Kingsland, GA

what do yall think about the judge Amanda WIlliams?

Since you do agree that Fulton County does not have as many drug court participants as Glynn County and that more drug [and other] crimes are committed in Fulton County, let's start there. Here are the differences [as I have been told by Judge Williams herself] in the two systems: 1. In our counties, all drug cases are automatically assigned to Judge Williams. Once you are arrested on a drug charge, your case is assigned to her, and you are in jail until the next Drug Court day, Wednesday. There is no opportunity for any bond hearing until Drug Court day. 2. While in jail, you are presented with the option of going into Drug Court or proceeding on a regular course. If you do not go into Drug Court, you have a $15,000 bond on a first offense. You are also told that if you plead guilty, your minimum sentence is 10-12 months in a PDC (Probation Detention Center). If you are found guilty after trial, your minimum sentence is 20-24 months in a Probation Detention Center. If you do go into Drug Court, you will be released on your own recognizance and, after you complete the two-year program, the charges will be dismissed. 3. If you enter Drug Court, you sign a number of documents, including ones which waive the 4th Amendment rights of everyone living with you and your right to move to recuse Judge Williams. I believe that people are coerced into going into Drug Court. I don't think Judge Williams should preside over drug cases regardless of whether they enter Drug Court or not. This carrot/stick approach does not really allow for free exercise of individuals' right to choose. For a better Drug Court program, look at http://www.augusta ga.gov/DocumentVie w.aspx?DID=81. There's a link for you, No Appeal. What the radio program demonstrates is that there are people in Drug Court who do not belong there. I think both of the young women who were interviewed demonstrated that. That, I believe, is why we have more Drug Court participants than Fulton County. And we have more Drug Court participants because Judge Williams wants more people in "her" program.  (Mar 30, 2011 | post #979)

Kingsland, GA

what do yall think about the judge Amanda WIlliams?

I actually appreciate what No Appeal is doing... which is providing information that makes it possible for a true debate. I'm all for that. Some of the other posters go back to what has been the case here for a long time - suggesting that any of the judge's challengers - including her opponent in the last election - don't "bother to look at any actual facts". There are facts to be examined ... but the local media isn't doing it. Nor are many of the judge's defenders on these blogs. Facts are that we have a Drug Court with more participants than in Fulton County and some real issues in terms of their entry into the program and what happens while they're there. I have sat in Drug Court and heard the judge's diatribes. I have heard her melt down in other court proceedings, and I have heard her verbally abuse parties and lawyers. I have also seen her at her best - charming and intelligent. As many have said, you never know what judge you're going to get. I think justice should be blind, and even-handed, and compassionate when appropriate. I think it must apply the rule of law. I haven't often seen that in Judge Williams' court, especially since she has become Chief Judge. I think the last campaign tried to bring this out. I think Ira Glass is bringing this out. And, I think there are a lot of folks in the Circuit who understand that that is the case.  (Mar 29, 2011 | post #964)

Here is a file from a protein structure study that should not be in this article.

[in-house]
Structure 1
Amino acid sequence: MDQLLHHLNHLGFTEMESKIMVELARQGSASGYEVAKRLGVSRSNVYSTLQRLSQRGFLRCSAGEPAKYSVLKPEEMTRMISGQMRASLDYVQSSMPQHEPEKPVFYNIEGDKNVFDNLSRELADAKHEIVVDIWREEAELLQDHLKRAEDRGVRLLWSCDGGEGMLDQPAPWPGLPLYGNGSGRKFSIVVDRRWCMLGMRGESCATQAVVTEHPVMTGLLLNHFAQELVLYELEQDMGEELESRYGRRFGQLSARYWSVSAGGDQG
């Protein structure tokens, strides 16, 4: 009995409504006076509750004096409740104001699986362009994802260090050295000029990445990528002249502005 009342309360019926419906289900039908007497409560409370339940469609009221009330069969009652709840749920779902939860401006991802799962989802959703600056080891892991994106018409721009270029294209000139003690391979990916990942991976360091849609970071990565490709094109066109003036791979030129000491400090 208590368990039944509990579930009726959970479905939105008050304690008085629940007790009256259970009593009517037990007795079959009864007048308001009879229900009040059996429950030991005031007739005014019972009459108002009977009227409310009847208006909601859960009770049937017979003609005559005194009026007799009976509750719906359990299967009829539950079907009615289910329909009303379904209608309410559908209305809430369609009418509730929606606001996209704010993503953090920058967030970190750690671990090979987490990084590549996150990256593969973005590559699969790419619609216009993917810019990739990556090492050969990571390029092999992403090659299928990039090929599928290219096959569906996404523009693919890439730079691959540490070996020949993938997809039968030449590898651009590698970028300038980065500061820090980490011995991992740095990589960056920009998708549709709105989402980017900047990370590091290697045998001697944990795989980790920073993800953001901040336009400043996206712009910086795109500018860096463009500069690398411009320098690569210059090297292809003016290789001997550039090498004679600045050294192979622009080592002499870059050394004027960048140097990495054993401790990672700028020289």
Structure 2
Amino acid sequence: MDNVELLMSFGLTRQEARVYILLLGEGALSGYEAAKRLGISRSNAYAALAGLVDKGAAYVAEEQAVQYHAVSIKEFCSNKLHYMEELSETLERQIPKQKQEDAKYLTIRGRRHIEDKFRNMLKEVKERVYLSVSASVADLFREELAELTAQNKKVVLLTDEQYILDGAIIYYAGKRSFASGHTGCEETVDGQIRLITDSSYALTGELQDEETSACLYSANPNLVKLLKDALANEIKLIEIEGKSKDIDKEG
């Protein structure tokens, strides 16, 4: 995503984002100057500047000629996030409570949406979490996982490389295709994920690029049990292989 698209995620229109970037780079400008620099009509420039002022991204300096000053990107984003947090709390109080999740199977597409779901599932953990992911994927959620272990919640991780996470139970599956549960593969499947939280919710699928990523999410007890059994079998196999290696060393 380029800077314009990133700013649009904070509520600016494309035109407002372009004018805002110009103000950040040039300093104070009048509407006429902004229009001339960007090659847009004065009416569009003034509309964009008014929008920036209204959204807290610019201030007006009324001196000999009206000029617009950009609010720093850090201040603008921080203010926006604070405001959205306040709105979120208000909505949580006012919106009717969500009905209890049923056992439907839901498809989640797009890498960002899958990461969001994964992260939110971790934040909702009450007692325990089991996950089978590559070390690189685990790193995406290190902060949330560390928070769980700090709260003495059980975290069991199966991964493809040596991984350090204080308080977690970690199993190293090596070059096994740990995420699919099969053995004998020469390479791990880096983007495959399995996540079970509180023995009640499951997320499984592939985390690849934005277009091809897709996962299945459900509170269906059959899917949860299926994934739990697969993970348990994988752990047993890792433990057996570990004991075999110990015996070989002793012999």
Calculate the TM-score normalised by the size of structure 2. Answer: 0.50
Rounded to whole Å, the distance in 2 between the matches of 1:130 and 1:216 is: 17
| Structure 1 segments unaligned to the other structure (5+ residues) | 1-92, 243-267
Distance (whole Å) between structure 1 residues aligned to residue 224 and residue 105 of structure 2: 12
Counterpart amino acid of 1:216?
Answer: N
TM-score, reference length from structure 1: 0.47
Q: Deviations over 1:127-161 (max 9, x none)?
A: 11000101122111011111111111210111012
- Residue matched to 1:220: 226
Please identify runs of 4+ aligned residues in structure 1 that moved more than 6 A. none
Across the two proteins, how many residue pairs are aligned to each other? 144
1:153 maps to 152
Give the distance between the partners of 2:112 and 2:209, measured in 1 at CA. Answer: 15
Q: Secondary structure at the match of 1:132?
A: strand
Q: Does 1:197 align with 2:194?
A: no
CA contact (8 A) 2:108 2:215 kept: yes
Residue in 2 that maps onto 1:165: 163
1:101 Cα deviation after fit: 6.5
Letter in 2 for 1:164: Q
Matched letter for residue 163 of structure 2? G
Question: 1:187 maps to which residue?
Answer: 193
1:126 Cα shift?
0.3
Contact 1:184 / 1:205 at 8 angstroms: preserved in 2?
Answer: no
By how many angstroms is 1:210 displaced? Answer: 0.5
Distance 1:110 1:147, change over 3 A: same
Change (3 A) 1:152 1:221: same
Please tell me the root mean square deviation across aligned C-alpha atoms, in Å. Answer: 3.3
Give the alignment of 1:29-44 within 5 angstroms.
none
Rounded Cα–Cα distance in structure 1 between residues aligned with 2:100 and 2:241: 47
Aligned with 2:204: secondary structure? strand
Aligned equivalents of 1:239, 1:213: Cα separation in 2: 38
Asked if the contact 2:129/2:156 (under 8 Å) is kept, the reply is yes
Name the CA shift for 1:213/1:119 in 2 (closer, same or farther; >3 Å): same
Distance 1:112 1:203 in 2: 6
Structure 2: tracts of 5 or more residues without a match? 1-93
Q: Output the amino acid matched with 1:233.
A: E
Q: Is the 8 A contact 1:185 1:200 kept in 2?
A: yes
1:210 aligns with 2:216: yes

Kingsland, GA

I think Judge Amanda Williams is a criminal what do you t...

I actually appreciate what No Appeal is doing... which is providing information that makes it possible for a true debate. I'm all for that. Reality Check goes back to what has been the case here for a long time - suggesting that any of the judge's challengers - including her opponent in the last election - don't "bother to look at any actual facts". There are facts to be examined ... but the local media isn't doing it. Nor are many of the judge's defenders on these blogs. Facts are that we have a Drug Court with more participants than in Fulton County and some real issues in terms of their entry into the program and what happens while they're there. I have sat in Drug Court and heard the judge's diatribes. I have heard her melt down in other court proceedings, and I have heard her verbally abuse parties and lawyers. I have also seen her at her best - charming and intelligent. As many have said, you never know what judge you're going to get. I think justice should be blind, and even-handed, and compassionate when appropriate. I think it must apply the rule of law. I haven't often seen that in Judge Williams' court, especially since she has become Chief Judge. I think the last campaign tried to bring this out. I think Ira Glass is bringing this out. And, I think there are a lot of folks in the Circuit who understand that that is the case.  (Mar 29, 2011 | post #70)

Kingsland, GA

what do yall think about the judge Amanda WIlliams?

I think you need a lesson in appellate procedure. What law school did you graduate from?  (Mar 29, 2011 | post #954)

Kingsland, GA

what do yall think about the judge Amanda WIlliams?

Sadly, Richard is right. There are some really good people in this part of the world who are trying to do the right thing and change all of this. When they try, however, they run into the wall you're seeing on this blog: "It can't be true." And then they are criticized - or crucified - for speaking out. Ira Glass is the latest.  (Mar 29, 2011 | post #951)